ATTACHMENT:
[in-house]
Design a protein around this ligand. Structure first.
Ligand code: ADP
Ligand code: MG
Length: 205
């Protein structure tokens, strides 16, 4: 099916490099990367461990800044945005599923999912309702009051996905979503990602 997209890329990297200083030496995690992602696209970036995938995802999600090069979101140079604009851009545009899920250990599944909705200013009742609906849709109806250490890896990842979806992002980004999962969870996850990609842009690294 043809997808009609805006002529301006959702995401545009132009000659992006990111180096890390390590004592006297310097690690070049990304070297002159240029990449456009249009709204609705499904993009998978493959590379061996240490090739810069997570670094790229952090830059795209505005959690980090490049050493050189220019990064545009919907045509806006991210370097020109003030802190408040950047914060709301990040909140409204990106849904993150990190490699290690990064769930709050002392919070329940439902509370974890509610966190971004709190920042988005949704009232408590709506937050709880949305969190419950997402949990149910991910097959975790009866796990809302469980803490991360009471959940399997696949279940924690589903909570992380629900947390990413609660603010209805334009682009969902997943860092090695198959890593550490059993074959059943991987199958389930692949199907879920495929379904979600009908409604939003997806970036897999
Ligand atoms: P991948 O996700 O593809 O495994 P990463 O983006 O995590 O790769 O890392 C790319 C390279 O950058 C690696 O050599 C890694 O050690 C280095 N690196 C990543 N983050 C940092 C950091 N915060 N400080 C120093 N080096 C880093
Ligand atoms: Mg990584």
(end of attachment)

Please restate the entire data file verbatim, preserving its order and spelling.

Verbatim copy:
[in-house]
Design a protein around this ligand. Structure first.
Ligand code: ADP
Ligand code: MG
Length: 205
């Protein structure tokens, strides 16, 4: 099916490099990367461990800044945005599923999912309702009051996905979503990602 997209890329990297200083030496995690992602696209970036995938995802999600090069979101140079604009851009545009899920250990599944909705200013009742609906849709109806250490890896990842979806992002980004999962969870996850990609842009690294 043809997808009609805006002529301006959702995401545009132009000659992006990111180096890390390590004592006297310097690690070049990304070297002159240029990449456009249009709204609705499904993009998978493959590379061996240490090739810069997570670094790229952090830059795209505005959690980090490049050493050189220019990064545009919907045509806006991210370097020109003030802190408040950047914060709301990040909140409204990106849904993150990190490699290690990064769930709050002392919070329940439902509370974890509610966190971004709190920042988005949704009232408590709506937050709880949305969190419950997402949990149910991910097959975790009866796990809302469980803490991360009471959940399997696949279940924690589903909570992380629900947390990413609660603010209805334009682009969902997943860092090695198959890593550490059993074959059943991987199958389930692949199907879920495929379904979600009908409604939003997806970036897999
Ligand atoms: P991948 O996700 O593809 O495994 P990463 O983006 O995590 O790769 O890392 C790319 C390279 O950058 C690696 O050599 C890694 O050690 C280095 N690196 C990543 N983050 C940092 C950091 N915060 N400080 C120093 N080096 C880093
Ligand atoms: Mg990584």